Framed by a story that finds the elderly Charlie giving a speech on the fiftieth anniversary of the Battle of Atlanta, A Distant Flame portrays love, violence, and regret about wrong paths taken. With an attention to historical detail that brings the past powerfully to the present, Philip Lee Williams reveals Charlie's journey of redemption from the Civil War's fields of fire to the slow steps of old age.
Centered upon one of the most surprising and dramatic battles in American history, Darkness at Chancellorsville recreates what began as a brilliant, triumphant campaign for the Union—only to end in disaster for the North. Famed Confederate Generals Robert E. Lee and Stonewall Jackson bring off an against-all-odds surprise victory, humiliating a Yankee force three times the size of their own, while the Northern army is torn by rivalries, anti-immigrant prejudice and selfish ambition.
This historically accurate epic captures the high drama, human complexity and existential threat that nearly tore the United States in two, featuring a broad range of fascinating—and real—characters, in blue and gray, who sum to an untold story about a battle that has attained mythic proportions. And, in the end, the Confederate triumph proved a Pyrrhic victory, since it lured Lee to embark on what would become the war's turning point—the Gettysburg Campaign (featured in Cain At Gettysburg).
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'Nobody writing today depicts the chaos, terror and brutality of war better than Paul Fraser Collard' Matthew Harffy
'This ain't the kind of war you are used to. It's brother against brother, countryman against countryman'
April, 1861. Jack Lark arrives in Boston as civil war storms across America.
A hardened soldier, Jack has always gone where he was ordered to go - and killed the enemy he was ordered to kill. But when he becomes a sergeant for the Union army, he realises that this conflict between North and South is different. Men are choosing to fight - and die - for a cause they believe in.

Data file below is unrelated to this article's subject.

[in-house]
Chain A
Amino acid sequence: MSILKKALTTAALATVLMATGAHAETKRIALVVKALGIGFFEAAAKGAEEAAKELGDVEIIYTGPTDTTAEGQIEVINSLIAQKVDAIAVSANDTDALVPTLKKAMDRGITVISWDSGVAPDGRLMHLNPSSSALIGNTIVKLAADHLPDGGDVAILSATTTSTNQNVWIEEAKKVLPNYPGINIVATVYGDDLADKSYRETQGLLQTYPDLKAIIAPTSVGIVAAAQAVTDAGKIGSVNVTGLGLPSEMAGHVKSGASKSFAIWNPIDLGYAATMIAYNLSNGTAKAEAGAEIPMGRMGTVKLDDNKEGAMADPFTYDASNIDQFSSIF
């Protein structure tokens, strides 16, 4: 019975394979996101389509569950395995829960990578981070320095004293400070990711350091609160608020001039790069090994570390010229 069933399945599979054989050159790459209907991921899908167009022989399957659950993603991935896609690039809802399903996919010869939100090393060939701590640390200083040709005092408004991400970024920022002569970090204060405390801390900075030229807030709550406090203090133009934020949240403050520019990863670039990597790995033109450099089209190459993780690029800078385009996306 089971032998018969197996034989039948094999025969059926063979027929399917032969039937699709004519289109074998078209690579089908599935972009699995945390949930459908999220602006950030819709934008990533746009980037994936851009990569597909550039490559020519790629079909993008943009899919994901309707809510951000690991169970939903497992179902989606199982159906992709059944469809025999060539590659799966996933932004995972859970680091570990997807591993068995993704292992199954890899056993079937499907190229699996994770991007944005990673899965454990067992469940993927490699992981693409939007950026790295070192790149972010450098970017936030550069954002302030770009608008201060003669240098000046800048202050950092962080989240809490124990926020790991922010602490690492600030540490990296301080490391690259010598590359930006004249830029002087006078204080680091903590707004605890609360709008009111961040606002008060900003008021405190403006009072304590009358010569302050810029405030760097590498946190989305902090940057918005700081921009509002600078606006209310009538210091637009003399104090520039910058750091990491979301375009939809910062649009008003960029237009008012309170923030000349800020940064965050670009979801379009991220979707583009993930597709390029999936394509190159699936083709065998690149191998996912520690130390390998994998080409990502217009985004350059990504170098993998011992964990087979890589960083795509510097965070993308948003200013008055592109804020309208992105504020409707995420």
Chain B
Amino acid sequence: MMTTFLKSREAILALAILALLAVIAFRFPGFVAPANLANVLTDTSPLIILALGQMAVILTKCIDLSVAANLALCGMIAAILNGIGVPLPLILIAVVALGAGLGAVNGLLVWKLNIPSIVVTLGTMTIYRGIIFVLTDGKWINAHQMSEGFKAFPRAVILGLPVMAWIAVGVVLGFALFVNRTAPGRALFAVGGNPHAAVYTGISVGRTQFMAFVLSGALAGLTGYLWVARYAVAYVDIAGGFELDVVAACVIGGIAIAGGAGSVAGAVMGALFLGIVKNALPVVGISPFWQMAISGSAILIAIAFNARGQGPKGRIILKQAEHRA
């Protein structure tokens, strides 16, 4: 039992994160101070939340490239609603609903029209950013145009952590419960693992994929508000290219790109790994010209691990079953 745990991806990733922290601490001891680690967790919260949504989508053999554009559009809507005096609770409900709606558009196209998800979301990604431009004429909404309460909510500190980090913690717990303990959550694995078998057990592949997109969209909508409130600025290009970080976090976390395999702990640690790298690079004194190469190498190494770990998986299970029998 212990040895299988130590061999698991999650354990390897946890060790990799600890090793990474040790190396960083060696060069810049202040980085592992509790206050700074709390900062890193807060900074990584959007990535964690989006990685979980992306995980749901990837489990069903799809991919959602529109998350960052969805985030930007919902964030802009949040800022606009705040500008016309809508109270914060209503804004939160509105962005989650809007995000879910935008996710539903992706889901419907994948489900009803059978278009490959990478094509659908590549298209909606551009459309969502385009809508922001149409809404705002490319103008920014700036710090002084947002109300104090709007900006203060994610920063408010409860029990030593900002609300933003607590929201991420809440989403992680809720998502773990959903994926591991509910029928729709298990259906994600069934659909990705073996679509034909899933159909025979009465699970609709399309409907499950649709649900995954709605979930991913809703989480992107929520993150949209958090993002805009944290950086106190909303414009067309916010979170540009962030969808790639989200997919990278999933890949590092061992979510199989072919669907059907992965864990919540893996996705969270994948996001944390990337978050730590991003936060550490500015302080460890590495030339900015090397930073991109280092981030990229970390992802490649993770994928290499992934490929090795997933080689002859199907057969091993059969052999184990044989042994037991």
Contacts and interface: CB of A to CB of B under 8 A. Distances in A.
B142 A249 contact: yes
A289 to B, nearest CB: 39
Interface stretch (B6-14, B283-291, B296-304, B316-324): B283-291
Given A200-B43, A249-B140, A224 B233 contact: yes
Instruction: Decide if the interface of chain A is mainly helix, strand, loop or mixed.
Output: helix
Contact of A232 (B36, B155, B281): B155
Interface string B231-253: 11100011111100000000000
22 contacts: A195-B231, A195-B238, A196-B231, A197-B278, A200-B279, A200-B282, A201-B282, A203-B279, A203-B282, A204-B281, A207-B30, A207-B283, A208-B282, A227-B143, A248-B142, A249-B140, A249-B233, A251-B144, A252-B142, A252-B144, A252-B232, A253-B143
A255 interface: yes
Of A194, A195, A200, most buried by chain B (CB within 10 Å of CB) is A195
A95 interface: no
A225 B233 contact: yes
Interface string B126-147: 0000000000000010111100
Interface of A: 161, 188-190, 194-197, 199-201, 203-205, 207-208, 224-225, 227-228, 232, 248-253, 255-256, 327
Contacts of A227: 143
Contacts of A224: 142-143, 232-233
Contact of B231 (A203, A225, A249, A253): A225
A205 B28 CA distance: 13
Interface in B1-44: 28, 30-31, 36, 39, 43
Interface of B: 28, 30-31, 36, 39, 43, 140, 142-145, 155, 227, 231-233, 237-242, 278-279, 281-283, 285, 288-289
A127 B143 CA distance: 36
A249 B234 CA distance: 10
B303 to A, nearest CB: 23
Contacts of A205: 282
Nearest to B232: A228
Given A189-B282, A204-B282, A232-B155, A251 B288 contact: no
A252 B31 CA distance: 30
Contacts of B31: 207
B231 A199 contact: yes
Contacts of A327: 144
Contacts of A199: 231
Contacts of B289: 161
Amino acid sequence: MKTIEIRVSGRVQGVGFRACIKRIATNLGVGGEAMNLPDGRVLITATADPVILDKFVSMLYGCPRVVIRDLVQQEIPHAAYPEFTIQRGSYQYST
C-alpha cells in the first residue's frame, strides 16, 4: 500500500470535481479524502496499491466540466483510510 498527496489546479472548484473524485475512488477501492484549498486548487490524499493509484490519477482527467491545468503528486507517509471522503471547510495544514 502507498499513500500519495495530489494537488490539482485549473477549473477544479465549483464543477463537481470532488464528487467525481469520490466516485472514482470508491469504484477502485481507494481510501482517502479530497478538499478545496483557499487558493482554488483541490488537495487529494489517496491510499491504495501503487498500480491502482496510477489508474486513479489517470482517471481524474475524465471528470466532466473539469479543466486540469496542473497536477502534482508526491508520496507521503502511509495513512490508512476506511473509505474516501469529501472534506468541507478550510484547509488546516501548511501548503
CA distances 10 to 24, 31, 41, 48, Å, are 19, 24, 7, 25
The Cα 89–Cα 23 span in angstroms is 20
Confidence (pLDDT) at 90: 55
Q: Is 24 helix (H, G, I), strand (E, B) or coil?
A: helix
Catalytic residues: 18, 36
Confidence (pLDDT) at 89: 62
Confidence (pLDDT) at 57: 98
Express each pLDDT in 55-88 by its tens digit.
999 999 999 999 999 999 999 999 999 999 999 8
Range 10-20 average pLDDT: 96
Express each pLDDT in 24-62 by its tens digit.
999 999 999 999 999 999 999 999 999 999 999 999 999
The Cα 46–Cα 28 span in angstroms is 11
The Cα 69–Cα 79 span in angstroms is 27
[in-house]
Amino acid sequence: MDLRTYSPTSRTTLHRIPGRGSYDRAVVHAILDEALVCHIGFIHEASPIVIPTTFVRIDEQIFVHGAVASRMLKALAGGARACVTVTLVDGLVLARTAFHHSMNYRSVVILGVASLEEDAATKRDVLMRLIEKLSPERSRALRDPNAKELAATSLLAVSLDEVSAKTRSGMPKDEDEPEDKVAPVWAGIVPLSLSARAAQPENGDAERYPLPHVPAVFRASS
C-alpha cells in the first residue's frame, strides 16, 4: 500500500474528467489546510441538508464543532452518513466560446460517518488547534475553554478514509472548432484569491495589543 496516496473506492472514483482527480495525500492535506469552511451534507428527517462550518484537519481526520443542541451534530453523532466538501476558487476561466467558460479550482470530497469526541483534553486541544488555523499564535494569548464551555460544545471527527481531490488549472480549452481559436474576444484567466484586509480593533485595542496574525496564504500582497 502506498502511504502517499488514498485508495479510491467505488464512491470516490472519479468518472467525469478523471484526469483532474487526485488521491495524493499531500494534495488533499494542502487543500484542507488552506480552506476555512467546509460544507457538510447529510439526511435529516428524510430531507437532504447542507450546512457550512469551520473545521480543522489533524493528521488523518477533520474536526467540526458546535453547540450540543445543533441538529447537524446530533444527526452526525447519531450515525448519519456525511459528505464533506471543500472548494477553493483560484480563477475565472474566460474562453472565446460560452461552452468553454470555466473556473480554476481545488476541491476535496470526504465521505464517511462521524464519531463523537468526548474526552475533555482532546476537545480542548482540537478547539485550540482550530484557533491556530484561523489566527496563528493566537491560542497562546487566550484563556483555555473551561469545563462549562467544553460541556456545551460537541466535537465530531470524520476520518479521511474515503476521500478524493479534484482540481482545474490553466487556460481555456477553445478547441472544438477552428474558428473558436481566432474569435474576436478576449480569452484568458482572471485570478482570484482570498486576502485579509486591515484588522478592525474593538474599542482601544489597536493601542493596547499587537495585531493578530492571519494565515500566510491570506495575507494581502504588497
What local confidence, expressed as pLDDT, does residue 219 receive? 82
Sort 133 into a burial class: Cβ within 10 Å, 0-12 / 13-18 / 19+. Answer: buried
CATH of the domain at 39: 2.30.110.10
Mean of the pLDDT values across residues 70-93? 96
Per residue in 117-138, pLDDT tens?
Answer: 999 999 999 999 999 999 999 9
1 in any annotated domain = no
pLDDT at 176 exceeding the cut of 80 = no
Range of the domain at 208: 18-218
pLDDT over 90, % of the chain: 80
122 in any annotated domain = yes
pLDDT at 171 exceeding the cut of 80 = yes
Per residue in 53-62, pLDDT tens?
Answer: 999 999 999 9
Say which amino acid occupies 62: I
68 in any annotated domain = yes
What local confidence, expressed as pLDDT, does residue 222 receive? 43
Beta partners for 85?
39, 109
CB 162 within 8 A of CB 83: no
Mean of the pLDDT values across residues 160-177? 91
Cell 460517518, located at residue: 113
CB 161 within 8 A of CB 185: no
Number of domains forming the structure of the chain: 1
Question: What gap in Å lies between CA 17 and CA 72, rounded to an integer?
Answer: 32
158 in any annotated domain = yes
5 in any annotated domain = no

The people of Boston think it will take just one, great battle. But, with years of experience, Jack knows better. This is the beginning of something that will tear a country apart - and force Jack to see what he is truly fighting for.
In 1914, Willie Dunne, barely eighteen years old, leaves behind Dublin, his family, and the girl he plans to marry in order to enlist in the Allied forces and face the Germans on the Western Front. Once there, he encounters a horror of violence and gore he could not have imagined and sustains his spirit with only the words on the pages from home and the camaraderie of the mud-covered Irish boys who fight and die by his side. Dimly aware of the political tensions that have grown in Ireland in his absence, Willie returns on leave to find a world split and ravaged by forces closer to home. Despite the comfort he finds with his family, he knows he must rejoin his regiment and fight until the end. With grace and power, Sebastian Barry vividly renders Willie’s personal struggle as well as the overwhelming consequences of war.
‘Is Mr. Heathcliff a man? If so, is he mad? And if not, is he a devil?’
Set on the bleak moors of Yorkshire, Lockwood is forced to seek shelter at Wuthering Heights, the home of his new landlord, Heathcliff. The intense and wildly passionate Heathcliff tells the story of his life, his all-consuming love for Catherine Earnshaw and the doomed outcome of that relationship, leading to his revenge.
Poetic, complex and grand in its scope, Emily Brontë's masterpiece is considered one of the most unique gothic novels of its time.